Pretty Ugly Albany Blog, Feb 2015
In 2013 I became someone else online. And when I say someone else, I actually mean three people: three teenage girls.
It happened after I came across a specific YouTube trend. Reader, I dare you: google this now: ‘am I pretty or ugly youtube’. If you did that, you might understand my immediate horror. If you don’t fancy taking a stroll down into the youtube gutter, let me explain. This is a YouTube trend in which young girls, largely aged between 8 and 14, post a video of themselves asking viewers to rate their looks. You’d be right to assume its best not to read most of the comments posted below these videos. And there are comments, lots of them. Currently, there are around half a million of these videos on YouTube.
My journey down the YouTube rabbit hole began back in 2012 when I was researching how teenage girls are using the internet, and in particular social media today.
Around that time I was becoming a bit obsessed with the kind of language they use. When I say language, I mean the language of the internet: fashions in fonts and acronyms and video-editing, self-referential memes, and the abyss of circular re-blogging. This was a world of sideways smiley faces; the unironic posting of emo video diaries; a world of ‘thinspiration’ sites sitting in the same blogosphere as hello-kitty-fan-blogs; a world where teen suicide videos went viral at the same rate as Justin Bieber’s stratospheric rise to fame.
I was intrigued about how this very specific teenage voice and language was being assimilated into the mainstream, and I began to wonder what it all meant.
Then I came across my first pretty/ugly video. Recoiling in horror, as I watched I had one thought going round my head: ‘WHY?’
I couldn’t stop mentally asking this young girl why she was doing this, and then, I couldn’t stop asking myself whether I would do it. The next step was obvious for me. I wanted to know how it would feel to post a video like this, and what the effect might be. So I devised an experiment. I came up with three generic teenage identities, made some very quick, very lo-fi videos, posted them on YouTube, and sat back to wait for the results.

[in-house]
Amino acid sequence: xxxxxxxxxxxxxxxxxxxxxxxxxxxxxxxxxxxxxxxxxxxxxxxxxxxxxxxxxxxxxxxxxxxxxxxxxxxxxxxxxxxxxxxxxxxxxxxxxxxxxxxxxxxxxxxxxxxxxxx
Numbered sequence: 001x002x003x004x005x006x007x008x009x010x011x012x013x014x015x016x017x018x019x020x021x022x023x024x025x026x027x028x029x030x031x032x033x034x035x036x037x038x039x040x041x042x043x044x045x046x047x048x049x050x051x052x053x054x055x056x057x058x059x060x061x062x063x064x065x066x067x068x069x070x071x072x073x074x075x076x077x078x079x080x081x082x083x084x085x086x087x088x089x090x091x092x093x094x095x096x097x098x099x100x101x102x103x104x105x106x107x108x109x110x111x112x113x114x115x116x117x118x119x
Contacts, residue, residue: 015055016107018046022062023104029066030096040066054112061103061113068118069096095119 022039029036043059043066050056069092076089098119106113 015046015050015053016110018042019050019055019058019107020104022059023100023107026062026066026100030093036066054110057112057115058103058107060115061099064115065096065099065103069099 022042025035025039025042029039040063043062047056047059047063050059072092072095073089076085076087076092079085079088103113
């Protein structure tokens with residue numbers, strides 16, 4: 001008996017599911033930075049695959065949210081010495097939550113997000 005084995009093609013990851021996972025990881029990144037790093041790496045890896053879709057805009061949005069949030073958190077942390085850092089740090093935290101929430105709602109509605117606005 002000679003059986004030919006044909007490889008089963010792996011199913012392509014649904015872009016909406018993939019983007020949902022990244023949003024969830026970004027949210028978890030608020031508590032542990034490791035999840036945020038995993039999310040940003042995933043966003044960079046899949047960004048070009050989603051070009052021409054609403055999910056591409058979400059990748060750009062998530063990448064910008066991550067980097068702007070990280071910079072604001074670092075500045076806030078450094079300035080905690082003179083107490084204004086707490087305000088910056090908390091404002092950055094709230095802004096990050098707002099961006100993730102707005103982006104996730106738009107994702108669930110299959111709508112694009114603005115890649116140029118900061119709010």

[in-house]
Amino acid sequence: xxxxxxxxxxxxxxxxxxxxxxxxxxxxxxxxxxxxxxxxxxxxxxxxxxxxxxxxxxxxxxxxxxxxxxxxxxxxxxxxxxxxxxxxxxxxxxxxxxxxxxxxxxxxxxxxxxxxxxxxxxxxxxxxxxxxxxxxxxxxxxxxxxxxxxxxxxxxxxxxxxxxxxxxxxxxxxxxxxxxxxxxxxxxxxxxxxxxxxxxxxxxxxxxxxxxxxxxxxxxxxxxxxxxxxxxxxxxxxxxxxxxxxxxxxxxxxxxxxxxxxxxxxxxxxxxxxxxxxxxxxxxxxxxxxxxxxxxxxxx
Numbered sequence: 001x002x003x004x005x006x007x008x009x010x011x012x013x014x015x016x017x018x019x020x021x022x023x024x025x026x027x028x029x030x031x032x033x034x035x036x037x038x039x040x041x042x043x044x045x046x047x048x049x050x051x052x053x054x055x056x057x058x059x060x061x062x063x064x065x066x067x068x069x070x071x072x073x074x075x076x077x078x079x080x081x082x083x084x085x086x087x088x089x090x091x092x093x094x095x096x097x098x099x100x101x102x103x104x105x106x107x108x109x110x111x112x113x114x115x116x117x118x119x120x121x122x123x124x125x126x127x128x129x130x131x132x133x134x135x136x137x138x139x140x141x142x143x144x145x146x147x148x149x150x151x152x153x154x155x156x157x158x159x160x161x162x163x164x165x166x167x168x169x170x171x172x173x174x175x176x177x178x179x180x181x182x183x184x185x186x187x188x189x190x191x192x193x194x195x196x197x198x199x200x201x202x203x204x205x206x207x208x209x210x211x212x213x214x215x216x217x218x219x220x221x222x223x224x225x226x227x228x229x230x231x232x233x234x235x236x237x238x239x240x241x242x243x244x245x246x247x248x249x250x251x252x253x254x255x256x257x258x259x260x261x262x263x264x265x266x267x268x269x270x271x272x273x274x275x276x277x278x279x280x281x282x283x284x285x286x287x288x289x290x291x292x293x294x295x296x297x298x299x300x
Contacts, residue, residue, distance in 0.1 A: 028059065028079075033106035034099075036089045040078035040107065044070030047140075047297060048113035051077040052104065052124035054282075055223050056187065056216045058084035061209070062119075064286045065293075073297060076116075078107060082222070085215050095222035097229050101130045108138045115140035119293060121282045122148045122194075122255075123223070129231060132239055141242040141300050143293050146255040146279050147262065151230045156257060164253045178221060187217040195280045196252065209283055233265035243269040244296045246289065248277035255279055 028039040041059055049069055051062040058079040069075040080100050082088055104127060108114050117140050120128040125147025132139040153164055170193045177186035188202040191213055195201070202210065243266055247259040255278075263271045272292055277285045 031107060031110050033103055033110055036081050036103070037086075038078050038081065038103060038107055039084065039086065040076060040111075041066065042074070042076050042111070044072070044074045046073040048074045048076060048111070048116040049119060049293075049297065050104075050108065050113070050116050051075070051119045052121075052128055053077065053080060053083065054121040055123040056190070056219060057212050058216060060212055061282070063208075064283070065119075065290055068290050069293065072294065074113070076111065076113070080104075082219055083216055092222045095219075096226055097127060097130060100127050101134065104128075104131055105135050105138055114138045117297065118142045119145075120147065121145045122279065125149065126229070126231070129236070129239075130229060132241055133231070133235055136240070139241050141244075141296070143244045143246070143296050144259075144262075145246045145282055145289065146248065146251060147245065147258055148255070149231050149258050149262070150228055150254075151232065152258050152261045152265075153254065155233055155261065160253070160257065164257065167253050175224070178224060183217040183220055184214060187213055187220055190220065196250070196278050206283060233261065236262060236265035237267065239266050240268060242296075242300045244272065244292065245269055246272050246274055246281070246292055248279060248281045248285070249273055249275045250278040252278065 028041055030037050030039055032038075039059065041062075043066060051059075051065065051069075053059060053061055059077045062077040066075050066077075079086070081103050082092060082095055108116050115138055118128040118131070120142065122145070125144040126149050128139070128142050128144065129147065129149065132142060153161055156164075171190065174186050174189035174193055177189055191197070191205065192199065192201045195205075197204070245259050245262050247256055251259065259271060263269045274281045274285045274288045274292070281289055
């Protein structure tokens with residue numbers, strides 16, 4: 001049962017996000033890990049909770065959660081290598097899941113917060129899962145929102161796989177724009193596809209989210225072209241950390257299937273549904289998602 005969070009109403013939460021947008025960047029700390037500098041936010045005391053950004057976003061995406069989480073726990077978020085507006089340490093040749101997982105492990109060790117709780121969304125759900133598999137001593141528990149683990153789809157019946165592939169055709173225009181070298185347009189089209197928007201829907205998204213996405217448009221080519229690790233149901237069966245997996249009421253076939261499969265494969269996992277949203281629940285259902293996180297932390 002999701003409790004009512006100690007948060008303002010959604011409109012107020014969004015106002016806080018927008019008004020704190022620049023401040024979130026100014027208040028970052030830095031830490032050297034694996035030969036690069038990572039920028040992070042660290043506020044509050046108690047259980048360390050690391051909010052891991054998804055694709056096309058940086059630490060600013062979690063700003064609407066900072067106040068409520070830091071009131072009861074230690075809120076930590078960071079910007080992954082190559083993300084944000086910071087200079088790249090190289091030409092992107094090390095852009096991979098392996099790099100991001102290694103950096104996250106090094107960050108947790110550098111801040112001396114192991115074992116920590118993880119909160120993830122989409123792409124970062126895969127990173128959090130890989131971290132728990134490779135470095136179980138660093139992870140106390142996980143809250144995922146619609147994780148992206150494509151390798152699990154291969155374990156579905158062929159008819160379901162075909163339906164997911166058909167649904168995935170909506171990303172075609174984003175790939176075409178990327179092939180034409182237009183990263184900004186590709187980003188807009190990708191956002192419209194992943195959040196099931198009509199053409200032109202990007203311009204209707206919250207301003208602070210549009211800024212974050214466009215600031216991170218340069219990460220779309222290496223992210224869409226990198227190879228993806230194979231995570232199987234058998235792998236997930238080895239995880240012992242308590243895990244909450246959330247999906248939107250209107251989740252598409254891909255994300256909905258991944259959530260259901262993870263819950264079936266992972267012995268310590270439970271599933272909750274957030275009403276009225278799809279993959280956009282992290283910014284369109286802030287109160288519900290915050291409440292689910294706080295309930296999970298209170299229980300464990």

I won’t tell you the whole story (you can come and see the show for that) but I can tell you it was addictive, and thrilling (in the worst way), and eye-opening. I can tell you my videos attracted a lot of attention, and I can tell you that this journey didn’t end there. The videos were online for a year before I took them down. The show tells the whole story of what happened in that year- from the responses to the video, to the people I met along the way.
I’m so excited that Pretty Ugly is coming to The Albany this week- it’s a hugely important show for me, both artistically and politically. And it feels right to be bringing this show to an organisation who understands how important it is to let teenagers speak honestly about there lives, through programmes like Uncover.
Alongside the show, I’ve also worked with young teens through organisations such as Girl Guiding UK, have given talks on the project (e.g. Southbank Centre’s festival Web We Want), and have a blog to help raise awareness about the kind of issues the show covers. You can find more here www.louiseorwin.com and here: www.prettyorugly.wordpress.com
I’m also thrilled to be here at the Albany for the next two weeks starting work on my new show A Girl and A Gun, which will be premiering later this year. Its very early days, but really wonderful to be working on a new project. If you’d like to keep up to date with the show’s progress I’m blogging about it here: www.louiseorwin.com/blog